Martine: We take over a camp host ( a typical overnight English camp) with about a dozen Francophone counsellors and about 60 campers. This summer, we did 3 overnight trips. The campers sing songs that we used to sing when we were young around the campfire, they canoe, sail and other fun outdoor stuff so typical overnight camp activities – just all in French.
Host: Tell me about the Quebec and Europe experience.
Martine: We do this trip every 2 years. Our aim is to see 2-3 regions in either Quebec or France. We try to place campers in situations where they will have to speak French. For example, they might order a chocolate croissant in French.
We also go and see the sites. When we were in Charlevoix, for example, we were on a farm and went to see the whales. So it’s cultural as much as it is an immersion experience.
Host: You said the camp opened in 2001. And in the past 4 years, you went from about 1800 campers to 2500! How do you explain that huge growth?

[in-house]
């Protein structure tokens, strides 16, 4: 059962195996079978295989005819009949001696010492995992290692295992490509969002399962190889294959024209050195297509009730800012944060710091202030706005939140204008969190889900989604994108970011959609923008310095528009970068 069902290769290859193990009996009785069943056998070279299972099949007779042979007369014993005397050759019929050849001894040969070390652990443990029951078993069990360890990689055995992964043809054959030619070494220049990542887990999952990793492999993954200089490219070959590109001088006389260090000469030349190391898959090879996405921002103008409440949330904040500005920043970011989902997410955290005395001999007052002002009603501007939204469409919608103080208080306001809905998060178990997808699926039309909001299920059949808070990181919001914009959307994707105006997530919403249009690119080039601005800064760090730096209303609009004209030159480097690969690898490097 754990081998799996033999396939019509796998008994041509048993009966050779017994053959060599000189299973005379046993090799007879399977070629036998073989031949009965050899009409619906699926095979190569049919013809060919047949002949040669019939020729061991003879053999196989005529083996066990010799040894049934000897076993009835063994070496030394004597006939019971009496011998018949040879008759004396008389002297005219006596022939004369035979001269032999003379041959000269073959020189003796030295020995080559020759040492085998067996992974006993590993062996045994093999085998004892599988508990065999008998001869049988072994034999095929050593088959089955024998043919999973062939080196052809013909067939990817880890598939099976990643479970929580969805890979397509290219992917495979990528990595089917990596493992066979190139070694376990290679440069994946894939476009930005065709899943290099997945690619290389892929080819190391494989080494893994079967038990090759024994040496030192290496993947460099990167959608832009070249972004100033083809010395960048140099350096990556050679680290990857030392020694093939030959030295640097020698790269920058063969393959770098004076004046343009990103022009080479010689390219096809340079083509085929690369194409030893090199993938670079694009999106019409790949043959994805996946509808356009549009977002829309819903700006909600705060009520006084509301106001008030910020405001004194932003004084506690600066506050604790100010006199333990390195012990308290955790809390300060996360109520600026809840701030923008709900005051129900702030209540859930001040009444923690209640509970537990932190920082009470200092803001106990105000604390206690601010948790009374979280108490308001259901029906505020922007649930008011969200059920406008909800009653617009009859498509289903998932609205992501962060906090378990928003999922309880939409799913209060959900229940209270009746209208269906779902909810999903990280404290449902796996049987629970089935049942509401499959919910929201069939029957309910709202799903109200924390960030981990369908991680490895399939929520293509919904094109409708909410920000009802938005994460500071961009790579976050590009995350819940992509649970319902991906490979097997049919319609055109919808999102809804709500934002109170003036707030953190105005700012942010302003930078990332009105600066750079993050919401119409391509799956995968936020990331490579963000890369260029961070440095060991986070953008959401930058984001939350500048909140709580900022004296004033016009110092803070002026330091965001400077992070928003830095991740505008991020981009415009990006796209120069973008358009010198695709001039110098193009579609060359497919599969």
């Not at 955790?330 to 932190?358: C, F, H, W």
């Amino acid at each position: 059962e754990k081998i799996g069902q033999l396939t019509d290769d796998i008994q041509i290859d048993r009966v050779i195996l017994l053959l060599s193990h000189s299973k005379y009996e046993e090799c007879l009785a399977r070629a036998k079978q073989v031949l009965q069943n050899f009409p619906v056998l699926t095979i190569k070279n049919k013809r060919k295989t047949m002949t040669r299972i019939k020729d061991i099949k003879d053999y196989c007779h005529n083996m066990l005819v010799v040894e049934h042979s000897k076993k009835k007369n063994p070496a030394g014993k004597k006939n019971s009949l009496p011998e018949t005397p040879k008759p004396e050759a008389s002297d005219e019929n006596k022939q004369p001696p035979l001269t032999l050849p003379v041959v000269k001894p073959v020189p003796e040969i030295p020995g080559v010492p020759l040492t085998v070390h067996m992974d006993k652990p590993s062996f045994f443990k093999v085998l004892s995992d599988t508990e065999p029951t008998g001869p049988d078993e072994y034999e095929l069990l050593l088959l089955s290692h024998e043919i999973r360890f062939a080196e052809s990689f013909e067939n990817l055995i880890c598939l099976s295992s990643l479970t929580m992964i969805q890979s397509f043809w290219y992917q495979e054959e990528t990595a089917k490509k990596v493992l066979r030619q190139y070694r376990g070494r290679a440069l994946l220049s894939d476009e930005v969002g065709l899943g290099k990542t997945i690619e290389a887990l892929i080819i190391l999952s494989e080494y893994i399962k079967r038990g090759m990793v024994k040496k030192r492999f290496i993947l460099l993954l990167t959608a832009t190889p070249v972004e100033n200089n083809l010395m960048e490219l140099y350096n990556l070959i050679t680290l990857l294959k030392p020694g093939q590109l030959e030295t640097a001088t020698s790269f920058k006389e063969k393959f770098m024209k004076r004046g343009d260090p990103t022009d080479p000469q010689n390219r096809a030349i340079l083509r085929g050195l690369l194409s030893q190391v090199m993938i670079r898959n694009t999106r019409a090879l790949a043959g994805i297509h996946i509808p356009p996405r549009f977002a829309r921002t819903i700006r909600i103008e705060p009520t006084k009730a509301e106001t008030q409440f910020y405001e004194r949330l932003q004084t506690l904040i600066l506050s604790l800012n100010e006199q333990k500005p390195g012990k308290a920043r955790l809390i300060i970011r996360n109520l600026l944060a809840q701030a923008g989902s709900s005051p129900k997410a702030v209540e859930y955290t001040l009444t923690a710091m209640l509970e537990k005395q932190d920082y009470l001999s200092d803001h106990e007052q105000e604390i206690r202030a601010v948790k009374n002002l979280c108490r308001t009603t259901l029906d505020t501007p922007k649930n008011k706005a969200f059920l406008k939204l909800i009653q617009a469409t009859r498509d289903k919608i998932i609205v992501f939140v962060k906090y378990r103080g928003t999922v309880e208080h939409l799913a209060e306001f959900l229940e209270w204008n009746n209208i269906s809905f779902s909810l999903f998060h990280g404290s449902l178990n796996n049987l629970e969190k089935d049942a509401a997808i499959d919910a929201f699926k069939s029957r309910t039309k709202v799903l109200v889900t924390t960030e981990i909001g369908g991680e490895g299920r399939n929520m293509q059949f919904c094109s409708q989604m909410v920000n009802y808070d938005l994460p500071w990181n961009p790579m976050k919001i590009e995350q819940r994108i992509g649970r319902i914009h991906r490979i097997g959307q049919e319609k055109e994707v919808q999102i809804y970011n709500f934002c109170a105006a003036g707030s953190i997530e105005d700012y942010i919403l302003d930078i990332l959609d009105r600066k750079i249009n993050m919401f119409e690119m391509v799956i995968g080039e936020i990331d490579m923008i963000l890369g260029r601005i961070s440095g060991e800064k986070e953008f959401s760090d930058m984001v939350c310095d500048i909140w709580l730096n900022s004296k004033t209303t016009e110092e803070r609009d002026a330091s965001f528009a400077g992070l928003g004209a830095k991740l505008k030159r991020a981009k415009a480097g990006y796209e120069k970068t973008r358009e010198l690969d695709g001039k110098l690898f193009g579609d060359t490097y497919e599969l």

Martine: What I’m seeing is that the growth of the French Immersion program in Ontario continues to be on the rise. The students who graduated from French Immersion who are now parents are insisting that their children learn French. So those parents are researching opportunities to show their kids that they don’t only have to speak French in the classroom and that it is possible to have fun while speaking French.
Parents are adamant about showing their children that they can find friends to speak French with during the summer, and that there are other kids just like them who are speaking French in Ontario in the summer. Socializing in French during the summer in Toronto is rare. Even if the parents are French-speaking, we see that if the child plays hockey or any other activity, it’s extremely likely that it will be in English. Socialization in Ontario normally is in English.
So francophile parents are showing incredible enthusiasm when it comes to developing their children’s French during the summer in Ontario.
Host: Whenever I walk around schools, I see that most of the time kids speak English in the hallways. How do you keep the kids speaking French at Camp Tournesol?